Four in five admit to watching daytime TV while working from home

Close-up of mid adult woman watching tv in bed while working on laptop
Researchers surveyed more than 2,000 workers to find out our habits - Grace Cary

More than four in five hybrid workers have admitted to watching TV while working from home, research has found.

A survey of more than 2,000 workers, who split their week between the office and home, found 82 per cent of them confessed to viewing popular daytime programmes during their work day.

The average worker spends two hours and one minute each day watching TV, and given that the average working day in Britain lasts 7.28 hours, this amounts to 28% of their time spent on shift.

Generation Z, who make up the majority of the WFH workforce with 87 per cent of 16-24-year-olds working from home at least one day per week, were found to be the worst culprits with 91 per cent admitting they tune in.

Businessman working on the floor at home
Gen Z were found to be the worst culprits with 91 per cent admitting they tune in - Zoonar GmbH / Alamy Stock Photo

Men were also five per cent more likely than women to watch TV while working, and, on average, watched 19 minutes more of it.

Workers in London were found to watch the most television while at their desks, viewing an average of two hours and 52 minutes of it, 22 minutes more than the national average.

Flagship daytime TV programmes were the most popular choices while half of the hybrid workers said they tune into streaming services such as Netflix while on shift.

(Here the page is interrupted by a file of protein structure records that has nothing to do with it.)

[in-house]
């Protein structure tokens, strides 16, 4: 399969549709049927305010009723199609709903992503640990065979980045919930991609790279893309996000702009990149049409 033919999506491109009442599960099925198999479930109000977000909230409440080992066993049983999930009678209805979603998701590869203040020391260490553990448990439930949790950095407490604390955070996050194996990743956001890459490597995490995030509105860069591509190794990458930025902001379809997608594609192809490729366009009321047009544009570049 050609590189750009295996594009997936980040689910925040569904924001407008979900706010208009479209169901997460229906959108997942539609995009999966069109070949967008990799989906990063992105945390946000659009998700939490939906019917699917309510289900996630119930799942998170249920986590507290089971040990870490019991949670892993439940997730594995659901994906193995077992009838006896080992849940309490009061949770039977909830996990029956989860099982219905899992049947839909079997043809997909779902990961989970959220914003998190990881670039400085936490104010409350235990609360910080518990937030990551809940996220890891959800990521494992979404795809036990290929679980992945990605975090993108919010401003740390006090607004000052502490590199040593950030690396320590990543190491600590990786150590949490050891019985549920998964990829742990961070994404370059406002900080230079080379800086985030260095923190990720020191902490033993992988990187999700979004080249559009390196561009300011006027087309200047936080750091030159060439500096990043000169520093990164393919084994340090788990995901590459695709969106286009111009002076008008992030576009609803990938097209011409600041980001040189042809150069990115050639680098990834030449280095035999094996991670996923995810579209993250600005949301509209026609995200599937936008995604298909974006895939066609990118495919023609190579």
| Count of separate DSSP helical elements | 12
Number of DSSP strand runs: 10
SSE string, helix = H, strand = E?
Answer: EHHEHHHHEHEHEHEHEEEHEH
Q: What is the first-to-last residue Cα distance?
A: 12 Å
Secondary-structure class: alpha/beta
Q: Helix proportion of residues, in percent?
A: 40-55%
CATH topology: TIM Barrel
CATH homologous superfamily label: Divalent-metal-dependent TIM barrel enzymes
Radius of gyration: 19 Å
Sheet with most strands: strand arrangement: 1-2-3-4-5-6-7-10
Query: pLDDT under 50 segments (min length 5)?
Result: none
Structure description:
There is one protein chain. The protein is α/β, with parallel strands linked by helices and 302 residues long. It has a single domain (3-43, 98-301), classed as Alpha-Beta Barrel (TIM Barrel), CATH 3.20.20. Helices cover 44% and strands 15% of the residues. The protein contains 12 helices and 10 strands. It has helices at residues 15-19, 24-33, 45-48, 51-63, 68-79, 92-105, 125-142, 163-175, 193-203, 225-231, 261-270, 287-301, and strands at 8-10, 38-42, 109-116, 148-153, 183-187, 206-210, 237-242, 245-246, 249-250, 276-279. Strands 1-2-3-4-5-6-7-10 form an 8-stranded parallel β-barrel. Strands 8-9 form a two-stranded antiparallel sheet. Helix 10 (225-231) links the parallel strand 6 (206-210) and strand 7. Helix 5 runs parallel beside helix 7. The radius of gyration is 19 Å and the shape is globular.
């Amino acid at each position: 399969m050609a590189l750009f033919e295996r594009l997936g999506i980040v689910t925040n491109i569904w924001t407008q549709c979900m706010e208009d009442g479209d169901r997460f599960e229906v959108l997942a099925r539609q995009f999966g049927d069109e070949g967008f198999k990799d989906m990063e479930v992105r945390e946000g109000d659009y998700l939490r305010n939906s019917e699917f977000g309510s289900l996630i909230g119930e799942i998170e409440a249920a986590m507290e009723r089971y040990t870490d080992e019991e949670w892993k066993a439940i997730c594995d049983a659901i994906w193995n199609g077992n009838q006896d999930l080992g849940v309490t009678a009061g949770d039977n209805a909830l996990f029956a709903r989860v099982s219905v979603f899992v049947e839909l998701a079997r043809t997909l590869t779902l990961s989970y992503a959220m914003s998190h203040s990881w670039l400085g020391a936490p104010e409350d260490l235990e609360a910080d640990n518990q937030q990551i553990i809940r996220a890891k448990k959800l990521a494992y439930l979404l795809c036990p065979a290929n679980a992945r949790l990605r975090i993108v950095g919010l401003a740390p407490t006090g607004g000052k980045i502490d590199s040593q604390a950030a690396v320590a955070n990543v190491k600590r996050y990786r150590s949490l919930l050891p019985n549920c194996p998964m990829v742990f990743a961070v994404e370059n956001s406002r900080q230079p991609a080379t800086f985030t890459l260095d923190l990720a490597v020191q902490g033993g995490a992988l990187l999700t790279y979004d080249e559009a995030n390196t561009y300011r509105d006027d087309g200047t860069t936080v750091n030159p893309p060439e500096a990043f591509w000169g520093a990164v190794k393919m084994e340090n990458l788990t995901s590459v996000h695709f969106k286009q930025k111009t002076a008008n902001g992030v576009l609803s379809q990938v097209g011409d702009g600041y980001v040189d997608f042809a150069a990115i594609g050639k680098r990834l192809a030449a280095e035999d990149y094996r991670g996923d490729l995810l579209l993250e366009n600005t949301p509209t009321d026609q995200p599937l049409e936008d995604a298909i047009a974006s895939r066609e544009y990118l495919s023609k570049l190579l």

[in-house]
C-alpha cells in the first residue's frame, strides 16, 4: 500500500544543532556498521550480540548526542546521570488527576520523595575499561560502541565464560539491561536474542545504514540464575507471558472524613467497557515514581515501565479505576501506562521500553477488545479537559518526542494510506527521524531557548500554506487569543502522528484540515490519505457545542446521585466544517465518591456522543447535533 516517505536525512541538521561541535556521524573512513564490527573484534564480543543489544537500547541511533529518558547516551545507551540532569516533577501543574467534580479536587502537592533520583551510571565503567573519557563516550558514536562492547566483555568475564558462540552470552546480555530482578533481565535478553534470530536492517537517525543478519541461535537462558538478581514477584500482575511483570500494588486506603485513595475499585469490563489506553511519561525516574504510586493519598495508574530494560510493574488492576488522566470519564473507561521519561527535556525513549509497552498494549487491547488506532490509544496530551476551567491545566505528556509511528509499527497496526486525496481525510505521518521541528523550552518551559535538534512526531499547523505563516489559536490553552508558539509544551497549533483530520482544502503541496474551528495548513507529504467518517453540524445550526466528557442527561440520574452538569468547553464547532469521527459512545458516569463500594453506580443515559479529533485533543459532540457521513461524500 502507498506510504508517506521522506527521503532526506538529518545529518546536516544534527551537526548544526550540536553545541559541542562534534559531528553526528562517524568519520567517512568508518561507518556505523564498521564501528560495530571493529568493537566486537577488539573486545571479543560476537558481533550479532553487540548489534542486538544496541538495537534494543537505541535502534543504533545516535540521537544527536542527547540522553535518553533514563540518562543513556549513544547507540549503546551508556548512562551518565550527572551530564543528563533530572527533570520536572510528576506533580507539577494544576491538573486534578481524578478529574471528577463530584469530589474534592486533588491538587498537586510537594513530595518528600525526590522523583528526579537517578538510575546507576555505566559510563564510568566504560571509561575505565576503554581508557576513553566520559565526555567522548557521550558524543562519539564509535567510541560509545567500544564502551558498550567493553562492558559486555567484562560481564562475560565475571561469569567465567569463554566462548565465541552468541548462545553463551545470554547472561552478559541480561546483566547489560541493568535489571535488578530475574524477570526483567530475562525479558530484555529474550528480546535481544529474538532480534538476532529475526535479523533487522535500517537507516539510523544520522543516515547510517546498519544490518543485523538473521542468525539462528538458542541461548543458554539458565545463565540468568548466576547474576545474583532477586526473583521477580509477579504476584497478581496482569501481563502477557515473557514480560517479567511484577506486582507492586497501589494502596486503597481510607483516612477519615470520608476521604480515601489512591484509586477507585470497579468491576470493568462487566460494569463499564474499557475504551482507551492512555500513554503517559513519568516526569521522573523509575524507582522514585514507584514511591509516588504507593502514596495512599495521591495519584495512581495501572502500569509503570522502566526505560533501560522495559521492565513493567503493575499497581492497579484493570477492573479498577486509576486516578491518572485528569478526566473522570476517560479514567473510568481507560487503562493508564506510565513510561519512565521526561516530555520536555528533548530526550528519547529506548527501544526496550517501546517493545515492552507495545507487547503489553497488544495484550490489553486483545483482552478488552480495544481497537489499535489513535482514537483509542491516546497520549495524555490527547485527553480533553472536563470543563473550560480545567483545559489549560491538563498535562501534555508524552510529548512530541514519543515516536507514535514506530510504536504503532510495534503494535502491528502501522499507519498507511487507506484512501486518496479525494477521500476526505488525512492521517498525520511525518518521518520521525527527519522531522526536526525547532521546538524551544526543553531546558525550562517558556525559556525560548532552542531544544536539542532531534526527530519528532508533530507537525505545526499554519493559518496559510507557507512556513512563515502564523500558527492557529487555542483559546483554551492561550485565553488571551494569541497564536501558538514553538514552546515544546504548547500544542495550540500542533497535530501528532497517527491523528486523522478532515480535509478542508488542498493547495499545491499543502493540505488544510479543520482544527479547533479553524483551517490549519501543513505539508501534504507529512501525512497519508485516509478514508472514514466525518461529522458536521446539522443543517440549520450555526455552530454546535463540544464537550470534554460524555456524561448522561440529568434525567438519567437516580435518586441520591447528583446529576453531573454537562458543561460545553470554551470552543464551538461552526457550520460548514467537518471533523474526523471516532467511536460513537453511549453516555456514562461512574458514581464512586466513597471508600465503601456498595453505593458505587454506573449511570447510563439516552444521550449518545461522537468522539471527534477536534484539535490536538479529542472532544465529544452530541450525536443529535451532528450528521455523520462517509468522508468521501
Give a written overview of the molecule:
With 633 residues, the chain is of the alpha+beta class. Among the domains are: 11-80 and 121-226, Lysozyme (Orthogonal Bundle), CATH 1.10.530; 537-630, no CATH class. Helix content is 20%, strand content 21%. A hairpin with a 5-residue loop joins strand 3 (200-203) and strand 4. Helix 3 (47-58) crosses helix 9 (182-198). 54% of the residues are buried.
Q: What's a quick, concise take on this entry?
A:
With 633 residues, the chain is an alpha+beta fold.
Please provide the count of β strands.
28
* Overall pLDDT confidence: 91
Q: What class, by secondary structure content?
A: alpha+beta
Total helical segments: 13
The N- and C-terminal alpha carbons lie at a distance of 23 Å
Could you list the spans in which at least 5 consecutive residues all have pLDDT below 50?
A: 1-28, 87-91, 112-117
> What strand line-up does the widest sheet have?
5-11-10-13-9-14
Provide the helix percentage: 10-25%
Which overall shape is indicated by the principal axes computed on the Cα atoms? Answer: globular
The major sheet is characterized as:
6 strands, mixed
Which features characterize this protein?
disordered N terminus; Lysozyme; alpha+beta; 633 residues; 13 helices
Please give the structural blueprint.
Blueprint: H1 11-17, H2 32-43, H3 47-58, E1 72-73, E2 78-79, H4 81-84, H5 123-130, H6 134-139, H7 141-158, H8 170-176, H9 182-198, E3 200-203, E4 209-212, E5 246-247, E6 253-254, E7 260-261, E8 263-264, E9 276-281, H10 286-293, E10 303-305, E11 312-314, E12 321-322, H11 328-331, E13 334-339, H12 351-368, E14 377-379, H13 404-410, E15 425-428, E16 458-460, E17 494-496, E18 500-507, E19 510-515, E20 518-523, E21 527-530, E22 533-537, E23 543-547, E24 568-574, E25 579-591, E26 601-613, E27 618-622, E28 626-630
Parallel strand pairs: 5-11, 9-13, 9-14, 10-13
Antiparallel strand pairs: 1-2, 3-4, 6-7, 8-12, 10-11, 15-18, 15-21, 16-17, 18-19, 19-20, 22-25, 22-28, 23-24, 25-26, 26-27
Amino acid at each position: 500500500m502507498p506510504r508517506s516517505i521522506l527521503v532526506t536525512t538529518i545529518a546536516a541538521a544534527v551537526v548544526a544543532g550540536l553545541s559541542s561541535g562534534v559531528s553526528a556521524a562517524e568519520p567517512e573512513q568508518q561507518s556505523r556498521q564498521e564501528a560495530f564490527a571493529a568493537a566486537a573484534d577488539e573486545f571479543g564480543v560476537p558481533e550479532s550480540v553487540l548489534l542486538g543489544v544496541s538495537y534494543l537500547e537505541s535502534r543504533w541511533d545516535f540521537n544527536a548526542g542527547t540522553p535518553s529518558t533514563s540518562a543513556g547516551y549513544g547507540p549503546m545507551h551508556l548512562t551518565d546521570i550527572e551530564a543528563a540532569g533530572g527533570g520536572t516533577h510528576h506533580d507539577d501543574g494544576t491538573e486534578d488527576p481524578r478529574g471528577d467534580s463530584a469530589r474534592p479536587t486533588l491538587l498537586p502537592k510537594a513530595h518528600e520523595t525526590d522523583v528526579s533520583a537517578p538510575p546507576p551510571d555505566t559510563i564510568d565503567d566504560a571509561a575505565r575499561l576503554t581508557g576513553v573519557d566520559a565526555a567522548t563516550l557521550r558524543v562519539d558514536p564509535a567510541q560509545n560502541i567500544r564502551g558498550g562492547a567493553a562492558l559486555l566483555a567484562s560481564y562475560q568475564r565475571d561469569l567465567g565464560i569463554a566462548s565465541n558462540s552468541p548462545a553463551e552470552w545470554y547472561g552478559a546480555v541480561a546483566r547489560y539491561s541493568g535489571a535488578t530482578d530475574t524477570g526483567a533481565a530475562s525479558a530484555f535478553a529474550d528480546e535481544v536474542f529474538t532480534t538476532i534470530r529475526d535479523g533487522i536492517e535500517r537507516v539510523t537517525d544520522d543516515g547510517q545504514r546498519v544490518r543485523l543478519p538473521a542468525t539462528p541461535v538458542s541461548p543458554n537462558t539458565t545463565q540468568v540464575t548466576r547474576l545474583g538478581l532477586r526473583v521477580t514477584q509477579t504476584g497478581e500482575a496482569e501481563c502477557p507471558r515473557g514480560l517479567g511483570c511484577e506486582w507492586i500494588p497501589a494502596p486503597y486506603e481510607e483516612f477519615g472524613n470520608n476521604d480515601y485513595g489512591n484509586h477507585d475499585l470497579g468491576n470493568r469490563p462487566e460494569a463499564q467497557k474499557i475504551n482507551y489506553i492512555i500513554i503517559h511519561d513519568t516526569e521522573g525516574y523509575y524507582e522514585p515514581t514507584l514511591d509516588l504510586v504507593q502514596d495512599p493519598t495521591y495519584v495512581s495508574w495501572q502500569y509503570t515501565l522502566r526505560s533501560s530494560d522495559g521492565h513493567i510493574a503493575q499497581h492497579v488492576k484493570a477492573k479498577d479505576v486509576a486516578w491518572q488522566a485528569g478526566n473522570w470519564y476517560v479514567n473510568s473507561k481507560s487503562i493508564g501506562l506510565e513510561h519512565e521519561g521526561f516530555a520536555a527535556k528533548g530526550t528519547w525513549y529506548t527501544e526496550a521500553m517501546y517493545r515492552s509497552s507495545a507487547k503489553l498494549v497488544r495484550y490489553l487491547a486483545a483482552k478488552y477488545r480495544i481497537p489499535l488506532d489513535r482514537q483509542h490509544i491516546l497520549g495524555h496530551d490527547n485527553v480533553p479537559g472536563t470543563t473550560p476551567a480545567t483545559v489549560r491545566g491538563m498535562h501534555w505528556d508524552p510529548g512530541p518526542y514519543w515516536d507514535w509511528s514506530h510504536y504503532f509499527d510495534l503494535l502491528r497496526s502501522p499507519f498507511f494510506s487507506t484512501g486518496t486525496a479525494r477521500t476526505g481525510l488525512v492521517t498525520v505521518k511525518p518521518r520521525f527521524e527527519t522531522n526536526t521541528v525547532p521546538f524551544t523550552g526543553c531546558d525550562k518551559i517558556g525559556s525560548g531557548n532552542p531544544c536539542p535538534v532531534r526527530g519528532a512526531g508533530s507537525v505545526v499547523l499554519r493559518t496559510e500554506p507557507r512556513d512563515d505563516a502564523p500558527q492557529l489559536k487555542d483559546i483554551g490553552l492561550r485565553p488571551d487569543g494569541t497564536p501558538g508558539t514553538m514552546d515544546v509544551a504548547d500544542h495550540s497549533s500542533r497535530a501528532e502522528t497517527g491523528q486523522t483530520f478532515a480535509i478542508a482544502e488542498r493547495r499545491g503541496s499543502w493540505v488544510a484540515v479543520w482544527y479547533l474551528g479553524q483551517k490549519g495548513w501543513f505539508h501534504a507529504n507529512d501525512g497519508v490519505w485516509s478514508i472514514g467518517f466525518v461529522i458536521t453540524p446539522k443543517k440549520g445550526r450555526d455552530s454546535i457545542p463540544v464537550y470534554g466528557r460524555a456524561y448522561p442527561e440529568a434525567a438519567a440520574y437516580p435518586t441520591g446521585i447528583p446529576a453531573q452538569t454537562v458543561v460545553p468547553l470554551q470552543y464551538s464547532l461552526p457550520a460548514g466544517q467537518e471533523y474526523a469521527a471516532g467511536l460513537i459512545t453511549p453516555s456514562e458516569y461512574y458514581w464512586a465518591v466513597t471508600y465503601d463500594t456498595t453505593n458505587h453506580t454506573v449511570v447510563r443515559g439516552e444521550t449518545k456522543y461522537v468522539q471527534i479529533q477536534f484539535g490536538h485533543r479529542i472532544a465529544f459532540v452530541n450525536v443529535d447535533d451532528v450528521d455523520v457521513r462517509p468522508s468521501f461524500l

BBC Breakfast, which has an estimated 1.1 million daily viewers, was the most popular choice among hybrid workers with 28 per cent admitting to having tuned into it during the working day.

The flagship show has an estimated 1.1 million daily viewers. With 9 per cent of the UK workforce being hybrid, then on a day when half of workers are working from home, 376,146 hybrid workers could tune into BBC Breakfast - making up more than a third of its audience.

Rob Rinder, Kate Garraway and Frank Skinner on 'Good Morning Britain'
Good Morning Britain was the third most watched - Ken McKay/ITV/Shutterstock

This Morning, which runs on ITV from 10am to 12.30pm, was watched by 24 per cent of hybrid workers.

The next most popular choices were Good Morning Britain, which 22 per cent of them tuned into, and Come Dine With Me, which 15 per cent of hybrid workers confessed to watching.

Other popular choices were game show Tipping Point, Homes Under the Hammer, Countdown and Lorraine.

Netflix, Amazon Prime, and YouTube were the most popular streaming platforms for distracted workers.

Gender was also revealed to determine viewing preferences, with men being more likely to choose BBC Breakfast while women tuned in to This Morning.

The survey may raise concerns that remote workers are less productive than they profess to be, but other studies have suggested the practice could make employees happier and more productive.

Stuart Deavall, Digital Marketing Manager at TonerGiant, the company behind the survey, said: “The pandemic completely transformed the UK’s relationship with the workplace, with home offices becoming the norm for many Brits.

“It’s interesting to see that four years after the beginning of the pandemic, the priorities and attitudes of Brits towards their work-life balance continue to shift, with a daily dose of daytime TV, still proving to be a welcome addition to the working routine.

“It seems that as long as hybrid working continues, Brits will continue sneakily catching up on their favourite shows.”